Cambodia, A Nominal Democracy, Lurches Toward Full-Blown Dictatorship
Holly Robertson, The Los Angeles Times
Cambodia, which emerged from the genocidal rule of the Khmer Rouge as a nominal democracy, is lurching toward full-blown dictatorship. Prime Minister Hun Sen, who has been in power since 1985—and who will seek another term in elections next year—has forced the closure of an independent newspaper, deported American workers for nongovernmental organizations, and effectively crushed the opposition Cambodia National Rescue Party, or CNRP.
All-Conquering Xi: China Hails Its Leader In Ecstatic Beijing Exhibition
Tom Phillips, The Guardian
“Maybe he’s our idol,” grins Huang Xingchen, a 28-year-old policeman and one of thousands of Xi Jinping fans to stream into the 1950s expo hall since a show trumpeting the feats of China’s current leader opened there last week. Officially, the Five Years On exhibit—timed to mark the end of Xi’s first term in power—is a celebration of the advances China as a whole has made in that time. Scores of photographs of the 64-year-old strongman adorn the walls of the retrospective, split by Communist party curators into 10 thematic “zones” touting Xi’s purported triumphs in areas such as foreign policy, the environment and the war on corruption.
China Denies Links To Alleged Cyberattacks Targeting Exiled Tycoon Guo
Philip Wen, Reuters
China has denied responsibility for alleged cyber attacks in the United States appearing to target exiled tycoon Guo Wengui, who has levelled corruption allegations against senior Communist Party officials and applied for political asylum. The Ministry of Public Security said in a statement provided to Reuters on Sunday an investigation had found “no evidence” of Chinese government involvement in the alleged cyber attacks.
Nearly Half of Uyghurs in Xinjiang’s Hotan Targeted For Reeducation Camps
Authorities in a county of northwest China’s Xinjiang region that is largely populated by Muslim ethnic Uyghurs have been ordered to send almost half of area residents to re-education camps, according to officials, who say they are struggling to meet the number. Officials from two villages in Hotan (in Chinese, Hetian) prefecture’s Qaraqash (Moyu) county recently acknowledged to RFA’s Uyghur Service that they had been given a target percentage for arrests as part of a verbal directive issued by higher-level authorities during an “online conference.”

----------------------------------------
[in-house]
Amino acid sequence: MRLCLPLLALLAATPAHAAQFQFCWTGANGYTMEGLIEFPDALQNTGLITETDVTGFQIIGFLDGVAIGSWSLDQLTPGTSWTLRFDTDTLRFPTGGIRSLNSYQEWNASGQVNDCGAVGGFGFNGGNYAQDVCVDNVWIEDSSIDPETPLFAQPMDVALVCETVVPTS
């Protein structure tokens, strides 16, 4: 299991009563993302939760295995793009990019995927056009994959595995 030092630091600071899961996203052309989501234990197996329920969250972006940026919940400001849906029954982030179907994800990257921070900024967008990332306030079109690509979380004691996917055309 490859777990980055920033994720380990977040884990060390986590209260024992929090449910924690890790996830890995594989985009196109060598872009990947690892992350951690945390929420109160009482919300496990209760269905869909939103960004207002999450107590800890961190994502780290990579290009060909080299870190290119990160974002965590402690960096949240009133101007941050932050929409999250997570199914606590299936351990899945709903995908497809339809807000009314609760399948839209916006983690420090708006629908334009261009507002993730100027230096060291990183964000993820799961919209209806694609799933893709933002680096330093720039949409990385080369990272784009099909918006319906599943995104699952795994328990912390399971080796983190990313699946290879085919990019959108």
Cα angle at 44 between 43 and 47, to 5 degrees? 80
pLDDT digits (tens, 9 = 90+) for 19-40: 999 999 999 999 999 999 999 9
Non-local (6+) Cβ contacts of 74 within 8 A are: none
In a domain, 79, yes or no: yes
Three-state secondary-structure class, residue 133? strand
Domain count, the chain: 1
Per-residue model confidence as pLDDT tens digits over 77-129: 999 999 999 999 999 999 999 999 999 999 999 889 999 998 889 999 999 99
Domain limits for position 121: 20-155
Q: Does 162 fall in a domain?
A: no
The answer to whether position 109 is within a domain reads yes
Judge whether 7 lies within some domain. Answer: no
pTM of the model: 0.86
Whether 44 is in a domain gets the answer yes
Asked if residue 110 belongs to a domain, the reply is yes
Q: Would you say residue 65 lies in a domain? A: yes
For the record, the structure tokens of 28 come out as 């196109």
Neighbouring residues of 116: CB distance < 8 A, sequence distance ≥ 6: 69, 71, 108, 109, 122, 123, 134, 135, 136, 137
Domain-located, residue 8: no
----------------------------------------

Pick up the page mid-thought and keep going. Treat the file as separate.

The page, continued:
Admirers Honor Che Guevara 50 Years After His Death
Carlos Valdez and Andrea Rodriguez, Associated Press
A little band of guerrillas had been on the run through rugged, mountainous terrain, struggling unsuccessfully to build support among the indigenous people of rural Bolivia as a step toward a global socialist revolution. Finally, on Oct. 8, 1967, the army ran them down. Fifty years later, the mountain village where he was killed and the nearby town where he was buried have become shrines to a sort of socialist saint, a man whose death helped cement his image as an enduring symbol of revolt. Some there even pray to him—an outcome that likely would have outraged the iconoclastic atheist.
Irish Che Guevara Stamp Prompts Protest
Robin Sheeran, BBC
An Irish stamp marking the 50th anniversary of the death of Che Guevara has aroused the ire of Cuban-Americans. The stamp features the iconic image of the Argentine-born revolutionary by Dublin artist Jim Fitzpatrick. Many consider Guevara a mass murderer who should not be honored, US-Cuban journalist Ninoska Perez told RTE. He was the son of a civil engineer with Irish roots, Ernesto Guevara Lynch. The stamp’s first day cover carries a quote from his father: “In my son’s veins flowed the blood of the Irish rebels.”